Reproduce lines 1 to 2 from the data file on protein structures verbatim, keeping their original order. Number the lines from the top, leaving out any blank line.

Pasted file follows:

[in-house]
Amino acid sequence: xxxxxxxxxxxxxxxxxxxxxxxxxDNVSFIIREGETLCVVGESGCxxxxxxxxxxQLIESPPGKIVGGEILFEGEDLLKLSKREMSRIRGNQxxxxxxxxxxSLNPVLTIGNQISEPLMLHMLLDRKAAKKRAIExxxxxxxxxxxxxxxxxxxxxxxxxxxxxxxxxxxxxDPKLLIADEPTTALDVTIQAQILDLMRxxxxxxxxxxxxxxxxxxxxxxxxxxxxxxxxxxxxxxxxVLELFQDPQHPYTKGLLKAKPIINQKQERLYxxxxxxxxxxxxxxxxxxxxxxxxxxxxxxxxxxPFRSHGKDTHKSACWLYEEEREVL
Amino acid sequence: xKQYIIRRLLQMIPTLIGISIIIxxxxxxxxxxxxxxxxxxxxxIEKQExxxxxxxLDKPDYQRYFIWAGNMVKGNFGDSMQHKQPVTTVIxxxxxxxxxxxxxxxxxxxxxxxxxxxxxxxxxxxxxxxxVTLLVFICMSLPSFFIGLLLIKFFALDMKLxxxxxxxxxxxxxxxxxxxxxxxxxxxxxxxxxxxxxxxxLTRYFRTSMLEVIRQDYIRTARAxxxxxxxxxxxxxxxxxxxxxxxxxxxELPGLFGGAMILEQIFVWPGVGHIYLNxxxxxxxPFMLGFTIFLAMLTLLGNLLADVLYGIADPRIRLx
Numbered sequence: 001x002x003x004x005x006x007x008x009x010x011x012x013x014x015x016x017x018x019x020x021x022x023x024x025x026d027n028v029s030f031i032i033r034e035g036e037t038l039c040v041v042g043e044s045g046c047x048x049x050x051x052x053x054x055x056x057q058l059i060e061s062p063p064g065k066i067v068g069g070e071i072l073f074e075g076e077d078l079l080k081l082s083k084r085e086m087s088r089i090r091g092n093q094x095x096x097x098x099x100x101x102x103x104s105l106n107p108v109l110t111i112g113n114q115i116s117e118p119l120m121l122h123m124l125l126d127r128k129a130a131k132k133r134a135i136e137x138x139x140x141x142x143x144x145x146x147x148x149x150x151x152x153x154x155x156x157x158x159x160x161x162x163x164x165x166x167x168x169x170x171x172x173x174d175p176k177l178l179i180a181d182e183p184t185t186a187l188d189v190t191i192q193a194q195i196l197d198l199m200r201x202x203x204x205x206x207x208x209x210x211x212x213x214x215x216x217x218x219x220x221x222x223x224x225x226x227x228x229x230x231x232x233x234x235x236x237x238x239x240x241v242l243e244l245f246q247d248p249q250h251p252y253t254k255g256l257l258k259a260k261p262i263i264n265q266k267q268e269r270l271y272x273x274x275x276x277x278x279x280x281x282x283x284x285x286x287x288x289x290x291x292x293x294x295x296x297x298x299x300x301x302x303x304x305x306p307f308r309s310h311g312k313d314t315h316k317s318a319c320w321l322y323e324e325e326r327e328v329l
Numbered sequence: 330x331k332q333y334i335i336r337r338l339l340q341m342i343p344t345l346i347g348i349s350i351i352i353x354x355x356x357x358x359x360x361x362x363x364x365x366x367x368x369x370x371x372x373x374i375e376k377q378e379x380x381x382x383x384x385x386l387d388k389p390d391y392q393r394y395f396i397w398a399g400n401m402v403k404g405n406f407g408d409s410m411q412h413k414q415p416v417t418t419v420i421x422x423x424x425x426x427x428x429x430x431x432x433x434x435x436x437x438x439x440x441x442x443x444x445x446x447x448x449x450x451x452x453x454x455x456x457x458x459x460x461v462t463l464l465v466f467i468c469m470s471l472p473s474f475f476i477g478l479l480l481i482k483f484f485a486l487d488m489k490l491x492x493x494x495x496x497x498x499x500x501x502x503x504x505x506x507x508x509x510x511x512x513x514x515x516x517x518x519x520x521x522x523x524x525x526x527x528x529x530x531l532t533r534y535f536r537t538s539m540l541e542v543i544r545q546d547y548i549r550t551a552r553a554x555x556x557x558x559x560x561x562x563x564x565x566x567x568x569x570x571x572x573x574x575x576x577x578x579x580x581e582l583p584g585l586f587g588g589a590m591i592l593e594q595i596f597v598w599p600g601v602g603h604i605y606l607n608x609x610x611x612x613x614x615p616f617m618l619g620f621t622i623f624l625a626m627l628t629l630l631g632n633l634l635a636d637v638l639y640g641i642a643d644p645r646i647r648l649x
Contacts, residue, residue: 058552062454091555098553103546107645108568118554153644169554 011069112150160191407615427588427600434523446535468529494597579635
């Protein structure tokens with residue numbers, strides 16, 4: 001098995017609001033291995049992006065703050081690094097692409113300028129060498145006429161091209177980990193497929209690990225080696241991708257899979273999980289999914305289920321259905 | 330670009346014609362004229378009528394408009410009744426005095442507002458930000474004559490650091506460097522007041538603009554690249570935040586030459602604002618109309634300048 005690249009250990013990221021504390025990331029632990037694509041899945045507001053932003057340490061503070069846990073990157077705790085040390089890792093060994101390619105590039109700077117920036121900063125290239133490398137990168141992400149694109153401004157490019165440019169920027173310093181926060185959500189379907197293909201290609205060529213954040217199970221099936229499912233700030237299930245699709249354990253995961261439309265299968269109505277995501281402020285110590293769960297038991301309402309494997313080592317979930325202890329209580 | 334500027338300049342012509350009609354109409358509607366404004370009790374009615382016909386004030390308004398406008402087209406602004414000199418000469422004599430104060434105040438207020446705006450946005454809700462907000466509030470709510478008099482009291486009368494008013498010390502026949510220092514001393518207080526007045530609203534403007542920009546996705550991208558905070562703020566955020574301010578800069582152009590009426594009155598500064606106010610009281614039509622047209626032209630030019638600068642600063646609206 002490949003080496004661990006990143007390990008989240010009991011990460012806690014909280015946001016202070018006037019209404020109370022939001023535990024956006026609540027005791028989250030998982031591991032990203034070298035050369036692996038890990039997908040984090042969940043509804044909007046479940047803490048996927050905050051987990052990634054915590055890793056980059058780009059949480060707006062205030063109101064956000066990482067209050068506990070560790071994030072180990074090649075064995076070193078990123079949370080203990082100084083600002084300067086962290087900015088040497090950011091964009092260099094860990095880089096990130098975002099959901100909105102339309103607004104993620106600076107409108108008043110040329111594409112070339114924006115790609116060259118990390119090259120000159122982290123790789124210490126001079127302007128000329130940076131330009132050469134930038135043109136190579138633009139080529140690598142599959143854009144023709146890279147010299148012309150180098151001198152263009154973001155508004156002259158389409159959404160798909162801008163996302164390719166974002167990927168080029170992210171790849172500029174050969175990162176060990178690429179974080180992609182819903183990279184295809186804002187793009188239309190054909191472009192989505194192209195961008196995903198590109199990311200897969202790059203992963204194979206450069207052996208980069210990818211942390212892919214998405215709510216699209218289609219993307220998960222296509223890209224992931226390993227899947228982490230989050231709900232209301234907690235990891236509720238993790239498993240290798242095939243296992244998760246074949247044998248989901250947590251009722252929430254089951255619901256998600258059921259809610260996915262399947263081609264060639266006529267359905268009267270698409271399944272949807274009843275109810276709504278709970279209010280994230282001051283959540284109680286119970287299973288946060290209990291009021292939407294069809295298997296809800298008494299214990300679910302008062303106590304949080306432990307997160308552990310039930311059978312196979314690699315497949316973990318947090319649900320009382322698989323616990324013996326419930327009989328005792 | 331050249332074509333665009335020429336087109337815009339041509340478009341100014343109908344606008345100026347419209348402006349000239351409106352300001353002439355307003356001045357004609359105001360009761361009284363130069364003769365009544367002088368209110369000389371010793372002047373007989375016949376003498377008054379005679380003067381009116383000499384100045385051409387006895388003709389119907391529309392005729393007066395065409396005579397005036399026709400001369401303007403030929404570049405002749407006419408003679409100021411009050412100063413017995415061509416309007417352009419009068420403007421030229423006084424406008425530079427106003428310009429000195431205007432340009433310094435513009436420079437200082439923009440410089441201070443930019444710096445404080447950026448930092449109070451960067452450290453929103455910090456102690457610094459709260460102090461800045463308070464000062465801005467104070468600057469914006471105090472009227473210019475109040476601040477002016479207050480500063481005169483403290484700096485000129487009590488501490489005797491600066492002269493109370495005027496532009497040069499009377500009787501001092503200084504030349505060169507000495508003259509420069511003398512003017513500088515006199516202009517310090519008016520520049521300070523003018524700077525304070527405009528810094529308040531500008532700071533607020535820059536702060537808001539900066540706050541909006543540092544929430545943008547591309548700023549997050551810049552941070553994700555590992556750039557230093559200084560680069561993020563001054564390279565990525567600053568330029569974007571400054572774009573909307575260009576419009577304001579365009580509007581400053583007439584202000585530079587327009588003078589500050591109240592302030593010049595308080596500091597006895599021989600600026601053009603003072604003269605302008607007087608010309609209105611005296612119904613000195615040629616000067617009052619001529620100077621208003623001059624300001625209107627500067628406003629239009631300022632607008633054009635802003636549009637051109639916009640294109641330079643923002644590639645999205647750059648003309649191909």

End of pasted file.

[in-house]
Amino acid sequence: xxxxxxxxxxxxxxxxxxxxxxxxxDNVSFIIREGETLCVVGESGCxxxxxxxxxxQLIESPPGKIVGGEILFEGEDLLKLSKREMSRIRGNQxxxxxxxxxxSLNPVLTIGNQISEPLMLHMLLDRKAAKKRAIExxxxxxxxxxxxxxxxxxxxxxxxxxxxxxxxxxxxxDPKLLIADEPTTALDVTIQAQILDLMRxxxxxxxxxxxxxxxxxxxxxxxxxxxxxxxxxxxxxxxxVLELFQDPQHPYTKGLLKAKPIINQKQERLYxxxxxxxxxxxxxxxxxxxxxxxxxxxxxxxxxxPFRSHGKDTHKSACWLYEEEREVL